Microfinance

Why should MFIs join hands with Sa-Dhan? Open letter to Sa Dhan

Open Letter to Sa Dhan by Abhijit Subudhi of Dhanei KGFS


Why should MFIs join hands with Sa-Dhan ?


19 MFIs have joined their hands under the umbrella of Sa-Dhan to project the transparency of the industry practices to the outside world by way of self imposing disclosure norms 10 years ago. Currently 229 MFIs are part of the Sa-Dhan and its outstanding portfolio has reached Rs 5954 crores with the outreach of 14.1 million clients by the end of the year 2007-08.


But is it advisable for the MFIs to pool themselves into the basket of SA-DHAN or be an independent individual body?


Does their membership provide adequate relaxations to make their life easier ?


A series of interventions have been proposed in the Microfinance Bill 2007-08.


1.Setting up of Microfinance Development and Regulatory Council to formulate policies, schemes, operation guideline and such other measures that are required in the interest of orderly growth and development of the microfinance sector that shall be binding implementing agencies under the Act. The council shall also formulate policies with regard to Microfinance Development Fund and micro-finance technology fund.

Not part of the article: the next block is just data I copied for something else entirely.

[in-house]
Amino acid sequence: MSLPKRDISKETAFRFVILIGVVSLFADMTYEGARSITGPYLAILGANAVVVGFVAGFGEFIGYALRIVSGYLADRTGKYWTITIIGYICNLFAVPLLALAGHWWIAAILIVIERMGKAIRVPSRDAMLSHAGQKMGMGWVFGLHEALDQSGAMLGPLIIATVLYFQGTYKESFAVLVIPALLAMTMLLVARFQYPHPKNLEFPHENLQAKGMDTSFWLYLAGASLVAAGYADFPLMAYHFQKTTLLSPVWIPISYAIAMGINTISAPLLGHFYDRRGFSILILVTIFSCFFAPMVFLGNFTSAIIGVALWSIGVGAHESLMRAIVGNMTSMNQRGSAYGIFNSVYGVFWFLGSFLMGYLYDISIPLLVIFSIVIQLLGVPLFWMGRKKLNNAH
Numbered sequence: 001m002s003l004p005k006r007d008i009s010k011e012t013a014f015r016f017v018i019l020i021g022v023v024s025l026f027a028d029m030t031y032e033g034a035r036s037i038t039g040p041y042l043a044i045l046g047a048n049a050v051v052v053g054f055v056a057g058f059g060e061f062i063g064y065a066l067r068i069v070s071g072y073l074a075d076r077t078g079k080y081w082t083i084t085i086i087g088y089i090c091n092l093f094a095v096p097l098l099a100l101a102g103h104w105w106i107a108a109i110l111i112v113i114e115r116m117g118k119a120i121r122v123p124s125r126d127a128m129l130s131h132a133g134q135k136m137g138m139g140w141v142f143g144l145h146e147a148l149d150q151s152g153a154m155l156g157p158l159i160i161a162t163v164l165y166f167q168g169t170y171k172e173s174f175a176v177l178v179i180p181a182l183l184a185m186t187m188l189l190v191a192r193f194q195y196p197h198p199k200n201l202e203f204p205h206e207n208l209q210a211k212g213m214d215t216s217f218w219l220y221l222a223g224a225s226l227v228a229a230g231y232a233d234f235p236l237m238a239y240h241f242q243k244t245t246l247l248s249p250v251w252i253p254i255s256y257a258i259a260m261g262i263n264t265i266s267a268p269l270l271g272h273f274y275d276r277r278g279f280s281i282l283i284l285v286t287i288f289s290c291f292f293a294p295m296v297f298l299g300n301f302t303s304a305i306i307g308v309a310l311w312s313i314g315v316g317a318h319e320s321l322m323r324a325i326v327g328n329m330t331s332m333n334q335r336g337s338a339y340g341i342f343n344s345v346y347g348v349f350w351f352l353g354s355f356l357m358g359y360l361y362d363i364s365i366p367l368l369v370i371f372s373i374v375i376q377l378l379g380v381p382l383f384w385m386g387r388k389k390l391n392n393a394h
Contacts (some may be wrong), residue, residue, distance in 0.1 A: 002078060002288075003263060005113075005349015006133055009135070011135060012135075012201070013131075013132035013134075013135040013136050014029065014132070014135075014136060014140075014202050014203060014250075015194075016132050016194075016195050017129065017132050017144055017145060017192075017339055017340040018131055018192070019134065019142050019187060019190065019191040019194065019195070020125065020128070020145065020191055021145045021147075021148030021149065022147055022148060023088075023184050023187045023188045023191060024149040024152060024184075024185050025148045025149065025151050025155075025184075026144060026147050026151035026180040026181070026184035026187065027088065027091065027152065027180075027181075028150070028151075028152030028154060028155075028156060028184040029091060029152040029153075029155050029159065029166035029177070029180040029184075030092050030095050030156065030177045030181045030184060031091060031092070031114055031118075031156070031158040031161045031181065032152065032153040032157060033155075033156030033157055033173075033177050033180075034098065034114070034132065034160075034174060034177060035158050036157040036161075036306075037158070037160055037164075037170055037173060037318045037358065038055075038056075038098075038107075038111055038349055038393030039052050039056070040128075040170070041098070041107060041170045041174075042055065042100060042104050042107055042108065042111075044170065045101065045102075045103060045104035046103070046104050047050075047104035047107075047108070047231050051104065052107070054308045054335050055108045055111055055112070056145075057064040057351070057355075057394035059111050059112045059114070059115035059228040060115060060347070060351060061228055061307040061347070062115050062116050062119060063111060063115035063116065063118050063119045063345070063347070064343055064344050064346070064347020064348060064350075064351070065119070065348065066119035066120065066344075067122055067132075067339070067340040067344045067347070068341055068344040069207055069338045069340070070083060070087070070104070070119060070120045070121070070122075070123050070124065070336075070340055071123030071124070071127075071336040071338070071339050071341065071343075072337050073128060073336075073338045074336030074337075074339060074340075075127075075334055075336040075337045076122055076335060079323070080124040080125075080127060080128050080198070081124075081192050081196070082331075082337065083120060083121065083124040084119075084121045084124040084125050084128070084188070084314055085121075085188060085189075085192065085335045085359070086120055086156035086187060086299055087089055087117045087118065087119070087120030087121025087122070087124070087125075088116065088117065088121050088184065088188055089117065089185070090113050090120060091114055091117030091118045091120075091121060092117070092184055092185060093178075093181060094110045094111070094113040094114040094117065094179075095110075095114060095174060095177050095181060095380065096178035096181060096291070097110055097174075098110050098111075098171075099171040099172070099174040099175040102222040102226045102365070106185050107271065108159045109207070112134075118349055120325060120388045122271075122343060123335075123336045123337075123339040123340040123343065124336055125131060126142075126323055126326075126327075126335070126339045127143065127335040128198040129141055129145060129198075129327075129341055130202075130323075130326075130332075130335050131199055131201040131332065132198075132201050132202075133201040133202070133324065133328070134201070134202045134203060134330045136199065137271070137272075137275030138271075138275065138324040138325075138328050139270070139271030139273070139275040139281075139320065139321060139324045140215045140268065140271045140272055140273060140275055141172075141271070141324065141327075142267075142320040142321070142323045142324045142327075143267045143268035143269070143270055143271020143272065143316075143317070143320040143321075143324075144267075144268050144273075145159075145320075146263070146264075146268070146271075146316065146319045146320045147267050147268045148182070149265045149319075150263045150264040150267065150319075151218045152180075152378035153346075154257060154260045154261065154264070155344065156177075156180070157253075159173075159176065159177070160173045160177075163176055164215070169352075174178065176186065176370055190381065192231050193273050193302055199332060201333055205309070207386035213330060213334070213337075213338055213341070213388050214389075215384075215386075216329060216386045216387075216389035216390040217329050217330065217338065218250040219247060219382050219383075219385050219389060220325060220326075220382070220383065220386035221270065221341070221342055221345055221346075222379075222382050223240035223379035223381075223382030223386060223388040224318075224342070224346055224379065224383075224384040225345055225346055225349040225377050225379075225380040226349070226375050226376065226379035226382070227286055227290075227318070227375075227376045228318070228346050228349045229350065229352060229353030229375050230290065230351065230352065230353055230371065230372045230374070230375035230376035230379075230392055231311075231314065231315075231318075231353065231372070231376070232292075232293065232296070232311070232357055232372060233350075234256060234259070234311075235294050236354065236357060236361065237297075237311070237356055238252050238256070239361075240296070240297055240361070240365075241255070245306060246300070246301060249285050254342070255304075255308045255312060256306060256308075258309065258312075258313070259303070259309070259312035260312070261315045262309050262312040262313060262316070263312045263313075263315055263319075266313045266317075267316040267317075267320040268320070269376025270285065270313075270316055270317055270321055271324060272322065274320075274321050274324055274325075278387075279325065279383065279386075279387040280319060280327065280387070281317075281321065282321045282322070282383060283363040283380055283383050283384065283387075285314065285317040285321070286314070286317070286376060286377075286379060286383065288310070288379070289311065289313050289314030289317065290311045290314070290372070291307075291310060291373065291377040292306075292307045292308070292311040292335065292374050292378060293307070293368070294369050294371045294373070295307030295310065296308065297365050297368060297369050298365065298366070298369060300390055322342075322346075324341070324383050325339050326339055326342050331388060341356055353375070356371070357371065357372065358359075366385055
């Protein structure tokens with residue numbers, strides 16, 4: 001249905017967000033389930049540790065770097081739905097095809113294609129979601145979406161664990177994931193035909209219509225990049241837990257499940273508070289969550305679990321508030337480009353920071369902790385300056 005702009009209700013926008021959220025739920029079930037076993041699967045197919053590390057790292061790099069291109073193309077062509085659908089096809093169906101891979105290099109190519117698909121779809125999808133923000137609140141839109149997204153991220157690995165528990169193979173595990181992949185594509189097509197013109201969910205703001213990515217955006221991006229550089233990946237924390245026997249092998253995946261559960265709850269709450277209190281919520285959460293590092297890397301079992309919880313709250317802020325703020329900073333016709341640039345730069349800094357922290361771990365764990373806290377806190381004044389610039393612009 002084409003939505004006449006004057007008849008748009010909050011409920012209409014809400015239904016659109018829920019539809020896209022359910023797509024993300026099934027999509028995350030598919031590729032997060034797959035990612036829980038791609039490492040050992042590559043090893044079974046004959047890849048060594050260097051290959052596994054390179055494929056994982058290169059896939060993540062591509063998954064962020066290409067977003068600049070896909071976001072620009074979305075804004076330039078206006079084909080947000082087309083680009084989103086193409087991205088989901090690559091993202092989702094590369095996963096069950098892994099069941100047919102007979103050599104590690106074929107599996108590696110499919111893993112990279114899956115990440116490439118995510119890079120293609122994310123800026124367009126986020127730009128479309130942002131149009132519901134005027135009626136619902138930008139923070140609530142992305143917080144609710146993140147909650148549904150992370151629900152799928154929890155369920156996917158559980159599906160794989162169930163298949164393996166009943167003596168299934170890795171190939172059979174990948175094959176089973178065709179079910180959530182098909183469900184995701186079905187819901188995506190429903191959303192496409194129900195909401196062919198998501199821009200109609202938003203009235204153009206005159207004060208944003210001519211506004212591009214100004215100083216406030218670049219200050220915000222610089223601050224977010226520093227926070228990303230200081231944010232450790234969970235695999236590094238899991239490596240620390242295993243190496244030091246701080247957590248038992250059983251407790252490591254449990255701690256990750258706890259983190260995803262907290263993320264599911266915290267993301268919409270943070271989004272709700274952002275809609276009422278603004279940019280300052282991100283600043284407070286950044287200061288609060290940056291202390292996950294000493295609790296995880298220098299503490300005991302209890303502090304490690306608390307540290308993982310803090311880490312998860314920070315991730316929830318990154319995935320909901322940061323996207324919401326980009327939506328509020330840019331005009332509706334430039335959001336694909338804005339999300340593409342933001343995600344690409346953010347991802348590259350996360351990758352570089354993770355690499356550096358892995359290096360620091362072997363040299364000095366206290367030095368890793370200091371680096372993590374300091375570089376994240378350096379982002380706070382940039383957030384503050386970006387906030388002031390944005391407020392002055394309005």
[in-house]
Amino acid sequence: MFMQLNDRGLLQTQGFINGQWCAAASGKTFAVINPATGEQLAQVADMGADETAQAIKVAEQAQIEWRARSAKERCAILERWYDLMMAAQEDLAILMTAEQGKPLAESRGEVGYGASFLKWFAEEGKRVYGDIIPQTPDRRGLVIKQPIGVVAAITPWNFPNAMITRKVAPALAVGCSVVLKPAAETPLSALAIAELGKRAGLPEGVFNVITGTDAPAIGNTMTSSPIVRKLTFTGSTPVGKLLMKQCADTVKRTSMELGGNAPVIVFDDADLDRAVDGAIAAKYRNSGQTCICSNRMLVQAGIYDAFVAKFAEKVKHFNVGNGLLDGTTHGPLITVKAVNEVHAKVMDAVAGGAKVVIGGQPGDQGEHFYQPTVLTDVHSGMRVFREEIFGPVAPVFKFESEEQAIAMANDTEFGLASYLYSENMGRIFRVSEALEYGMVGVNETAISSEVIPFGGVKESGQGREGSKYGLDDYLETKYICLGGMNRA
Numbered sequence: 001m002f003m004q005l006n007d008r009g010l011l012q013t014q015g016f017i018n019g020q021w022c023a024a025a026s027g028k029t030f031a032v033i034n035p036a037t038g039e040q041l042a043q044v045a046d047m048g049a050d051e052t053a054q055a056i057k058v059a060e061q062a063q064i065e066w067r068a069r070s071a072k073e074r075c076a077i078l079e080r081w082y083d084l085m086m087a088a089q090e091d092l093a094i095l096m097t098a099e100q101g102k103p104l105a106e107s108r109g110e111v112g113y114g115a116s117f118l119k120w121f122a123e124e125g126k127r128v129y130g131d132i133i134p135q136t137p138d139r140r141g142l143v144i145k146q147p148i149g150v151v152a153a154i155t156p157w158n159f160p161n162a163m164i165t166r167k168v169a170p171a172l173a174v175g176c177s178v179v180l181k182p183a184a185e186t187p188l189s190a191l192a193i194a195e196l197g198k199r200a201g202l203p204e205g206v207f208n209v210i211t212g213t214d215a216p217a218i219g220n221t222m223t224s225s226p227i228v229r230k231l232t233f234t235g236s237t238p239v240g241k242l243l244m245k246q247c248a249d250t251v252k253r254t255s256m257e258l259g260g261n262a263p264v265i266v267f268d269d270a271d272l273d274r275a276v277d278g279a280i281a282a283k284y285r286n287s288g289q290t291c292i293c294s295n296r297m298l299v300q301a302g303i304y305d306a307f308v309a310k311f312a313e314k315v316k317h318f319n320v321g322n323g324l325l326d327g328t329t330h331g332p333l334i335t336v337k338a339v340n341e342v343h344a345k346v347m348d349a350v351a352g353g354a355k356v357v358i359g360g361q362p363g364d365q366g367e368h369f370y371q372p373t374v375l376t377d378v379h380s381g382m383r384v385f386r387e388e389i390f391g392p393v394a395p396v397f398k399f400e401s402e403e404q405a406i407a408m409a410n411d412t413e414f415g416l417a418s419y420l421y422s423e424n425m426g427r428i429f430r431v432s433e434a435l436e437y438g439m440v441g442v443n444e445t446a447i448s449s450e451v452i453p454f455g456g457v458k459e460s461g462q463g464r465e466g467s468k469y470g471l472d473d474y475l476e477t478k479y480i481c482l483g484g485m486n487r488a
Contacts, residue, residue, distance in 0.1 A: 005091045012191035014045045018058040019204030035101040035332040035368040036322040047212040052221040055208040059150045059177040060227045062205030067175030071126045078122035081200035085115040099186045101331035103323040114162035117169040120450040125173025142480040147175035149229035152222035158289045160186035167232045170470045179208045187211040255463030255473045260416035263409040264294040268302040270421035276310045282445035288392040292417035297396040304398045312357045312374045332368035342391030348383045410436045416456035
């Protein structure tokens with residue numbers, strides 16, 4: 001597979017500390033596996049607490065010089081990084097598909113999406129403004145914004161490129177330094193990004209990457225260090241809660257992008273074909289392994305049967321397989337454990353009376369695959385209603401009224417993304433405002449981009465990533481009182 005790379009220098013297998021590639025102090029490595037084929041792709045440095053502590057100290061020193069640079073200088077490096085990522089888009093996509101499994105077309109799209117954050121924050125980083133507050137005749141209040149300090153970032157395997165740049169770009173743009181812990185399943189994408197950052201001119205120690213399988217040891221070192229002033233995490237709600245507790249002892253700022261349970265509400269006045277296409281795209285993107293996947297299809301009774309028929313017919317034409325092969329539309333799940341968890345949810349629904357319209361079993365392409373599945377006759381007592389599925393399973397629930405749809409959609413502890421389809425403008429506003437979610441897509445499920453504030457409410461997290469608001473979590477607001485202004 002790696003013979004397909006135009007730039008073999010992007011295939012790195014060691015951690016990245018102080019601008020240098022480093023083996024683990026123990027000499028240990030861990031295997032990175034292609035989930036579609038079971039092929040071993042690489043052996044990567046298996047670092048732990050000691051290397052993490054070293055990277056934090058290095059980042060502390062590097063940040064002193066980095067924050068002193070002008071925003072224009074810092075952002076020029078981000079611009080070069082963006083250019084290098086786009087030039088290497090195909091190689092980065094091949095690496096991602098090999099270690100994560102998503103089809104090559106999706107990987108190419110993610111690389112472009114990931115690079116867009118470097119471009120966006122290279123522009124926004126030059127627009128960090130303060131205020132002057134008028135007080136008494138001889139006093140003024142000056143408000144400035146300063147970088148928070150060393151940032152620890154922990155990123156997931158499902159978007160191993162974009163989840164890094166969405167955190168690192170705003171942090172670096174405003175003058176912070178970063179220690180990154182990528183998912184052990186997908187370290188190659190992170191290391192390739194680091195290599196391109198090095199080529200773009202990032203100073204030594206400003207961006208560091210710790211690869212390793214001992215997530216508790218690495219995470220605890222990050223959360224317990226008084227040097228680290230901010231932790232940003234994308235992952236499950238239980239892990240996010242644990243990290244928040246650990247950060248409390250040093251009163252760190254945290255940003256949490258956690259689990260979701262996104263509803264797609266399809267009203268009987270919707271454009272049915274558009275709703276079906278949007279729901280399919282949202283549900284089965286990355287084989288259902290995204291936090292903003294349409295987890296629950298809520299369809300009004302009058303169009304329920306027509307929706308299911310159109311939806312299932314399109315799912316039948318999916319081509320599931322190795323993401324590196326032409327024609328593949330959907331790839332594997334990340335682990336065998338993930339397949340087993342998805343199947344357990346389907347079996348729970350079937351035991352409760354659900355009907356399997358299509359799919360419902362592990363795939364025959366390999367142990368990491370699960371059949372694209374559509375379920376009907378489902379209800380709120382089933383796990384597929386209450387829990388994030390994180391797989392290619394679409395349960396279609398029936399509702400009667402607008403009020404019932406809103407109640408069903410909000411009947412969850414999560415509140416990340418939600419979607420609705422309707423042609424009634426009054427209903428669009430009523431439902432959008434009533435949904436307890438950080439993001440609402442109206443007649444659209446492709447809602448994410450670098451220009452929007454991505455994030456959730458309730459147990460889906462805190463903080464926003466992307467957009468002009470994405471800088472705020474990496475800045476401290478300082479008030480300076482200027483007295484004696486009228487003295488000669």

2.Inclusion of all legal forms that are engaged in the provision of microfinance activities including Section 25 companies under the purview of this bill. Specifically, it was recommended for those including section 25 companies whose principal business is to provide microfinance services with 80% of their total financial assistance outstanding with the eligible microfinance clients and 80% of the clients are eligible microfinance clients.


3.Stringent norms for thrift collection. It was recommended that microfinance organizations must ensure that not less than 80% of their total financial assistance should be with the eligible microfinance clients and not less than 80% of the total umber of clients financed by them should be an eligible microfinance client. It was also recommended that Net owned fund should be Rs. 25 lakhs and 15% of the thrift outstanding should be transferred to reserve fund and in case of thrift collection is in excess of outstanding portfolio, the entire surplus shall be transferred to the reserve fund.


4.Exemption from State Usurious Loans/ Money Lenders Acts – It was recommended that to make a declaratory provision in the bill that the State Money Lender law shall not apply to the microfinance organizations.


Some of the other suggestions were:


  • It was suggested that microfinance institutions should declare their effective interest rate including all the charges, at least annually in public. In addition, the microfinance institutions should make all their accounts public. Supporting this, transparency in operations was also suggested
  • On thrift collection it was opined that total asset of the thrift service offering entities should be two times of their Net Owned Fund
  • Granting certification to MFO: a clear time frame needs to be specified. In case of rejection of application, the MFO should have provision to re-apply with suggested improvements. While forwarding application, the Bill should clarify that it should be submitted to the regional office. This will provide the knowledge and understanding on the organizations and avoid many time lags.